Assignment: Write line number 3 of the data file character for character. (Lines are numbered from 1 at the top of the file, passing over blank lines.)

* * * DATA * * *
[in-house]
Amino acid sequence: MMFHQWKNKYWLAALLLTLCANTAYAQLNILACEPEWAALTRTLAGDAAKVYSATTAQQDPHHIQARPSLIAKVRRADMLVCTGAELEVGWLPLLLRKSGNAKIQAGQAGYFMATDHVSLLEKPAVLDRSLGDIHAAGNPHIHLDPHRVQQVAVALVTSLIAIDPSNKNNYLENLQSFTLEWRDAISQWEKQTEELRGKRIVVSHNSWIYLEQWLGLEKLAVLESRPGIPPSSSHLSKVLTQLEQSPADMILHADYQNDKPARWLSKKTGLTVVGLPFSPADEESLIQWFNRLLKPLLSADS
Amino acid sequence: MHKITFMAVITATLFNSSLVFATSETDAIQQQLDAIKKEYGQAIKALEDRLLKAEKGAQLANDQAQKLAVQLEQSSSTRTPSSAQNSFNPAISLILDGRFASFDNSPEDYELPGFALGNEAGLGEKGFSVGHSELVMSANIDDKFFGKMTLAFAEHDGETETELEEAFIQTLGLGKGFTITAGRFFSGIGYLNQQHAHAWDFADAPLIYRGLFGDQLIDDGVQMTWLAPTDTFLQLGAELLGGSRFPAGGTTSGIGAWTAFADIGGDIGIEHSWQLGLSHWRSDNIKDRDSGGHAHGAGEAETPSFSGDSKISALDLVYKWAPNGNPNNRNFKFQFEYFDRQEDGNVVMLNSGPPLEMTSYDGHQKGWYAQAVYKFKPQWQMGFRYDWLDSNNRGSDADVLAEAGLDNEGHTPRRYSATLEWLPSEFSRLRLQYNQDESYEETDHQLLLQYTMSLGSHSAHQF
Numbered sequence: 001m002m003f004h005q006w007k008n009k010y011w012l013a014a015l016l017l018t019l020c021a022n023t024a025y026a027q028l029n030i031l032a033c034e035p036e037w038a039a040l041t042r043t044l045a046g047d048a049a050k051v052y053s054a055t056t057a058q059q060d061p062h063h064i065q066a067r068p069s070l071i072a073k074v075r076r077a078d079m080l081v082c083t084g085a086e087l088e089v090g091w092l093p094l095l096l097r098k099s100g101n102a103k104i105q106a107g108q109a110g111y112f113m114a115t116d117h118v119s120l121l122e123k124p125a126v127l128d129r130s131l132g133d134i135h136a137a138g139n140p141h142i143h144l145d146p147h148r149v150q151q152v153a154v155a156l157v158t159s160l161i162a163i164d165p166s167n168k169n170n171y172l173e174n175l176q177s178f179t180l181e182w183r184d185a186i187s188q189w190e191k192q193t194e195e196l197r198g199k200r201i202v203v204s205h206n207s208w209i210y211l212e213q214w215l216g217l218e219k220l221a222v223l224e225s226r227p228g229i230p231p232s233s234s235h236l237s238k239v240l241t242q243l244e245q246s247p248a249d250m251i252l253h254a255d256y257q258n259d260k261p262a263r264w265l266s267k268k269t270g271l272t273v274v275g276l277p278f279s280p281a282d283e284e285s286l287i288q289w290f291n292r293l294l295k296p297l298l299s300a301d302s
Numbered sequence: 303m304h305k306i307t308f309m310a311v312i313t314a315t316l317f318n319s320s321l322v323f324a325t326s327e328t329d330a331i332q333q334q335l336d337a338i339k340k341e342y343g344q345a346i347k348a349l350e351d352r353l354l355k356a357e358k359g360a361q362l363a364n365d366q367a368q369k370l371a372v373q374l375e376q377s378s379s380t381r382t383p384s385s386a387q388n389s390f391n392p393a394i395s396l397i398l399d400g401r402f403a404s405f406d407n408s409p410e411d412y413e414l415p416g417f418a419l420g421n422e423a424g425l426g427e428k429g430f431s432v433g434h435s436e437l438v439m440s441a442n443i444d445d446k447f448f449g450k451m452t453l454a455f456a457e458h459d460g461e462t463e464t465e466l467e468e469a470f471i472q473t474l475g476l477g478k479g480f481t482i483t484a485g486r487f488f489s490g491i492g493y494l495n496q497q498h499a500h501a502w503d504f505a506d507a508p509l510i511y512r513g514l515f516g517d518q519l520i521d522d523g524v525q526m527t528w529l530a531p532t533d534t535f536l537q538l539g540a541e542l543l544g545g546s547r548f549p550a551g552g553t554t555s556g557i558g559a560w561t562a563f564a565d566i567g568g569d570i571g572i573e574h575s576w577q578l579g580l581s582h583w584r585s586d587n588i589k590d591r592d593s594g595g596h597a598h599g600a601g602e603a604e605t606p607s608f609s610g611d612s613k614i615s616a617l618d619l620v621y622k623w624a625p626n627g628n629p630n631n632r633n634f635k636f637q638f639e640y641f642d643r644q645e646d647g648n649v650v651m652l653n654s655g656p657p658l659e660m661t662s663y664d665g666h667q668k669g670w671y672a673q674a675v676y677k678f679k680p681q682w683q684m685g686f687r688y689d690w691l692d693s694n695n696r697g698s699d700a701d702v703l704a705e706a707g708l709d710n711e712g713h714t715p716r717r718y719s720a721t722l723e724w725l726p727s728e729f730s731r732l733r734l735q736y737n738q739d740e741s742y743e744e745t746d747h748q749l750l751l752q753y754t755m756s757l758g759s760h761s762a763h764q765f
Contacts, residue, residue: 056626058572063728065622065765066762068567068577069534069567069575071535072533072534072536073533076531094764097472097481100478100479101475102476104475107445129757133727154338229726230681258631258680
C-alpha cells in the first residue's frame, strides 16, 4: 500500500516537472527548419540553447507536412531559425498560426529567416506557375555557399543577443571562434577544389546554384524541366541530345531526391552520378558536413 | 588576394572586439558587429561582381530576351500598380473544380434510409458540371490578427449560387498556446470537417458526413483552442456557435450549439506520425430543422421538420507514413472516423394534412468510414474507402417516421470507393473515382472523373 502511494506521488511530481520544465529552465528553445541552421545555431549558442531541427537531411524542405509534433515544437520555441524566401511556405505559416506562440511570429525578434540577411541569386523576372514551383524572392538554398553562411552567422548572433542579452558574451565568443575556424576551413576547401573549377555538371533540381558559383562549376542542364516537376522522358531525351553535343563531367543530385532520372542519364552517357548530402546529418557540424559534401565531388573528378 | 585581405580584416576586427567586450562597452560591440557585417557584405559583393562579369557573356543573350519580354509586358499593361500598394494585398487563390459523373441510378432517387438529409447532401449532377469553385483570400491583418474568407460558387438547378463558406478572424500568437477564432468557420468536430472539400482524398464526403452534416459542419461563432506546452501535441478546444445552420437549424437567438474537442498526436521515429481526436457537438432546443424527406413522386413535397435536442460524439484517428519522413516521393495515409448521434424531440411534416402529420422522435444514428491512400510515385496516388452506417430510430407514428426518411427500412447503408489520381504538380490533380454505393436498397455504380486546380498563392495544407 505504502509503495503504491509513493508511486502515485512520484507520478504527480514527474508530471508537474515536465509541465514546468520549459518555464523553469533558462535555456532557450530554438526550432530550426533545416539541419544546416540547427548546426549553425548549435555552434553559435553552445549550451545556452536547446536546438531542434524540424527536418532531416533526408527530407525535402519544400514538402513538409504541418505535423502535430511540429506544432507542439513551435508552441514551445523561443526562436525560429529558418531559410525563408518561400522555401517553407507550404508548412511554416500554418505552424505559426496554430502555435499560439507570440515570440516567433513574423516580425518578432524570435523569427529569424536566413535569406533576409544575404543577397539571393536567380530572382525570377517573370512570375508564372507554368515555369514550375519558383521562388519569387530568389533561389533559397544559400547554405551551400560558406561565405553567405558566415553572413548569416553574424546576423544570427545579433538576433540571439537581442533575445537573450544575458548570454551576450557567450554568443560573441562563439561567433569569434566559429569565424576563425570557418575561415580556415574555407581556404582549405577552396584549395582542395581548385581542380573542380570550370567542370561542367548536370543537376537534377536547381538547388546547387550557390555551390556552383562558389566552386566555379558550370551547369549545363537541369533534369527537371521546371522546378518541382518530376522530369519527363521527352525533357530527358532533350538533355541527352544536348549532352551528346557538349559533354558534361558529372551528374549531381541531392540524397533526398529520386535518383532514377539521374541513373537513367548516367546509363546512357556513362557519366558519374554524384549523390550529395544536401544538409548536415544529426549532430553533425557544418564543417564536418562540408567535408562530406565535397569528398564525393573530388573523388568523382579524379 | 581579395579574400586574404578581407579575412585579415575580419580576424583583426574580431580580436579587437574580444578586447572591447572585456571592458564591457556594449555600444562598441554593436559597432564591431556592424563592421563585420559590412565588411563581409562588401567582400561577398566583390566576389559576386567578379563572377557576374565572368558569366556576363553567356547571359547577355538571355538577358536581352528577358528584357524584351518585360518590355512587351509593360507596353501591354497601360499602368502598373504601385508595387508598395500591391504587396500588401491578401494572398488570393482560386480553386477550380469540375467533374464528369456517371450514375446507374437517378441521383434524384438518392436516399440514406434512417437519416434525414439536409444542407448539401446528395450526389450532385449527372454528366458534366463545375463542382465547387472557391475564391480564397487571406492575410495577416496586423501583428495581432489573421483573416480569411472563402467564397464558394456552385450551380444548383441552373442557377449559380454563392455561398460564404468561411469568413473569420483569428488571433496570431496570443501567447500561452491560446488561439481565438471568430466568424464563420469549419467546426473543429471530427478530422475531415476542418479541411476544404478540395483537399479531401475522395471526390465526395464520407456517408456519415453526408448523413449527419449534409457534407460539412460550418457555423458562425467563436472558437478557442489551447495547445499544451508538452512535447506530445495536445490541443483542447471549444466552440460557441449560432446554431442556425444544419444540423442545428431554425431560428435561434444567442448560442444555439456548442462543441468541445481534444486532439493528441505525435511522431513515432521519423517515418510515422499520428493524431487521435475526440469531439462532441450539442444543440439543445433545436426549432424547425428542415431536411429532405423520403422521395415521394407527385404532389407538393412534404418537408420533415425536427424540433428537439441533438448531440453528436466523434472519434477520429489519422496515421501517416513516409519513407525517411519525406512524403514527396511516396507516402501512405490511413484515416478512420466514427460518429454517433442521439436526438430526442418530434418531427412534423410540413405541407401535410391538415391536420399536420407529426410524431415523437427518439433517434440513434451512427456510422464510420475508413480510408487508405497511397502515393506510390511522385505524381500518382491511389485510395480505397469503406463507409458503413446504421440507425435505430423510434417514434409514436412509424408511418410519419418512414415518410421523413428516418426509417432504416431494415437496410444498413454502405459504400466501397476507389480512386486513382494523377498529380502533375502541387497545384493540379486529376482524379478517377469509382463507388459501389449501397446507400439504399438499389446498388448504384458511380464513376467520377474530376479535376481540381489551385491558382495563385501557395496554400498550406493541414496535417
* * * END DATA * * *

Amino acid sequence: MHKITFMAVITATLFNSSLVFATSETDAIQQQLDAIKKEYGQAIKALEDRLLKAEKGAQLANDQAQKLAVQLEQSSSTRTPSSAQNSFNPAISLILDGRFASFDNSPEDYELPGFALGNEAGLGEKGFSVGHSELVMSANIDDKFFGKMTLAFAEHDGETETELEEAFIQTLGLGKGFTITAGRFFSGIGYLNQQHAHAWDFADAPLIYRGLFGDQLIDDGVQMTWLAPTDTFLQLGAELLGGSRFPAGGTTSGIGAWTAFADIGGDIGIEHSWQLGLSHWRSDNIKDRDSGGHAHGAGEAETPSFSGDSKISALDLVYKWAPNGNPNNRNFKFQFEYFDRQEDGNVVMLNSGPPLEMTSYDGHQKGWYAQAVYKFKPQWQMGFRYDWLDSNNRGSDADVLAEAGLDNEGHTPRRYSATLEWLPSEFSRLRLQYNQDESYEETDHQLLLQYTMSLGSHSAHQF